The suspect recording of the Anglo-Saxon Chronicle
This counter-history of the 9th century tale of King Alfred and the Viking Danes is based upon the content of a 300 word peace treaty, believed to have been written shortly after the confrontation between Alfred and Guthrum (mis-spelt by the Wessex scribe) at Ethandune in 878. The two leaders agreed to divide the lands under their control using the line of Watling Street – a Roman road. The map shows how this divided the land equally.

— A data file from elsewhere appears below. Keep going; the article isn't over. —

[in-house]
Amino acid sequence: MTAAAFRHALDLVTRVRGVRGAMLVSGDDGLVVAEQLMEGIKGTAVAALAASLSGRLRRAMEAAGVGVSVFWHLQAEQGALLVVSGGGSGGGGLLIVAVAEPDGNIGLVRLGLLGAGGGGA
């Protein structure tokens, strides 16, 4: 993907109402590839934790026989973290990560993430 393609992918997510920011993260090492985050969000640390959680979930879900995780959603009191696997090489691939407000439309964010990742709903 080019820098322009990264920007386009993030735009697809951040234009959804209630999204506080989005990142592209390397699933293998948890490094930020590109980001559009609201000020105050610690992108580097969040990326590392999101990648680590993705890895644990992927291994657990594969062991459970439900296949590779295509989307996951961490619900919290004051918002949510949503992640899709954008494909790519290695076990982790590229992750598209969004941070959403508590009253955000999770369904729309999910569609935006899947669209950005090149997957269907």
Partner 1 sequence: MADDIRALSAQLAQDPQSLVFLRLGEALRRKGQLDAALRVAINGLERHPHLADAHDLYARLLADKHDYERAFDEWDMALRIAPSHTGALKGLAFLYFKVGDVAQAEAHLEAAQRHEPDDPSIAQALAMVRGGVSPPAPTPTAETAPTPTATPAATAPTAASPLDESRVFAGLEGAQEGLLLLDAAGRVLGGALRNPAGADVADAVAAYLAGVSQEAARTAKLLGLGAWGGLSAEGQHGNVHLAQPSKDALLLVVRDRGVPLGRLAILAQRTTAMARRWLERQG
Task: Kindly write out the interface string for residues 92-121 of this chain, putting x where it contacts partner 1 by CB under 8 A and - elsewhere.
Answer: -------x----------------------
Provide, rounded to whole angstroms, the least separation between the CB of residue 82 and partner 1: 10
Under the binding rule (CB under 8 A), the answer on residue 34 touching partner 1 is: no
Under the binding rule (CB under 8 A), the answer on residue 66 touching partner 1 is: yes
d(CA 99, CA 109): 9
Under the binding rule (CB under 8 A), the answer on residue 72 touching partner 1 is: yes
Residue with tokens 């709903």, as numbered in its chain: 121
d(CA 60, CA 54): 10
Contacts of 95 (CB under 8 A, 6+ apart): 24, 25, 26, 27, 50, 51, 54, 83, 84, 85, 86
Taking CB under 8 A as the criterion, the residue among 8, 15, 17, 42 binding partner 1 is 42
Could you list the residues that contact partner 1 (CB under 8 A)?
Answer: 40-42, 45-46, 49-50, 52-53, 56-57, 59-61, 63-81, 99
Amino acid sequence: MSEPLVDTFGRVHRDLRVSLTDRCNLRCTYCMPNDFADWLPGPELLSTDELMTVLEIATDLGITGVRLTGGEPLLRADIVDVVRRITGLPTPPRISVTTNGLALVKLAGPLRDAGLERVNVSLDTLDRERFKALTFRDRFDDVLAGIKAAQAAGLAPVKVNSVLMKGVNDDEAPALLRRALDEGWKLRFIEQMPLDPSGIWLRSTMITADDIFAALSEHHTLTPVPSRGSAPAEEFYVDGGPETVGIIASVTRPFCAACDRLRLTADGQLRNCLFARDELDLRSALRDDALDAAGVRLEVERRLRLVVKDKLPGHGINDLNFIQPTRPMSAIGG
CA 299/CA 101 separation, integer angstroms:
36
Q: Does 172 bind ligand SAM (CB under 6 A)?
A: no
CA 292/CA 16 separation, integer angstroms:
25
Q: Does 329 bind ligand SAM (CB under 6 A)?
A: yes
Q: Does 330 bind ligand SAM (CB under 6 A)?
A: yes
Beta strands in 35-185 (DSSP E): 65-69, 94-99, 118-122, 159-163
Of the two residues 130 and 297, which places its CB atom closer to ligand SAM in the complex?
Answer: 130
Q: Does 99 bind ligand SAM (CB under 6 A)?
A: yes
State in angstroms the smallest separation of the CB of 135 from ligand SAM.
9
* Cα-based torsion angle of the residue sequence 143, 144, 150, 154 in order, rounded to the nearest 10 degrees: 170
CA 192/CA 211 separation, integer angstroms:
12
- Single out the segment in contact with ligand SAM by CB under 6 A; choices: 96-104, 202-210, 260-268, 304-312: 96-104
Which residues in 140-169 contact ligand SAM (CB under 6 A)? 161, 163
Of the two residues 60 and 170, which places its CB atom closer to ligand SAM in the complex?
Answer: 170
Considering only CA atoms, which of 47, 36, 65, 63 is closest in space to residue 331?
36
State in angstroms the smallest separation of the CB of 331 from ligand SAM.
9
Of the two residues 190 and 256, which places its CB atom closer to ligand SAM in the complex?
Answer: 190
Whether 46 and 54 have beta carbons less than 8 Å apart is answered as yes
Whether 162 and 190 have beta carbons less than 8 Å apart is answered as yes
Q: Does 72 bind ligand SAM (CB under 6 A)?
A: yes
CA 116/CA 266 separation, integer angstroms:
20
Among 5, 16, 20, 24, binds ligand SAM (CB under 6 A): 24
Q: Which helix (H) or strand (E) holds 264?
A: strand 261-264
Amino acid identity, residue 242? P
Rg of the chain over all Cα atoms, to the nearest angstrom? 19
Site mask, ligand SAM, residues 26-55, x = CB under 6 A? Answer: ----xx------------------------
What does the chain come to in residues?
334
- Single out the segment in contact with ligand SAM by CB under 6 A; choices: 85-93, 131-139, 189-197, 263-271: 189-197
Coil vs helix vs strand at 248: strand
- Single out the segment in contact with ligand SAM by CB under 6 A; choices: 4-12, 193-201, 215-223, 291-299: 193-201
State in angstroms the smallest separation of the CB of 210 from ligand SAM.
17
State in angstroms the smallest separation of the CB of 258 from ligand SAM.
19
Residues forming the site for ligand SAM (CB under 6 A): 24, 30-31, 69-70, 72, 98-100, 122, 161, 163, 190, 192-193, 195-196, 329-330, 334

However, in the Anglo-Saxon Chronicle (believed to have been compiled under Alfred’s supervision) the ‘fight’ at Ethandune ends somewhat inconclusively and with much magnanimity on Alfred’s part. The true validity of the Anglo-Saxon Chronicle is thereby called into serious question; is it at all likely that Alfred would have agreed to an equal division of lands if he had been so successful?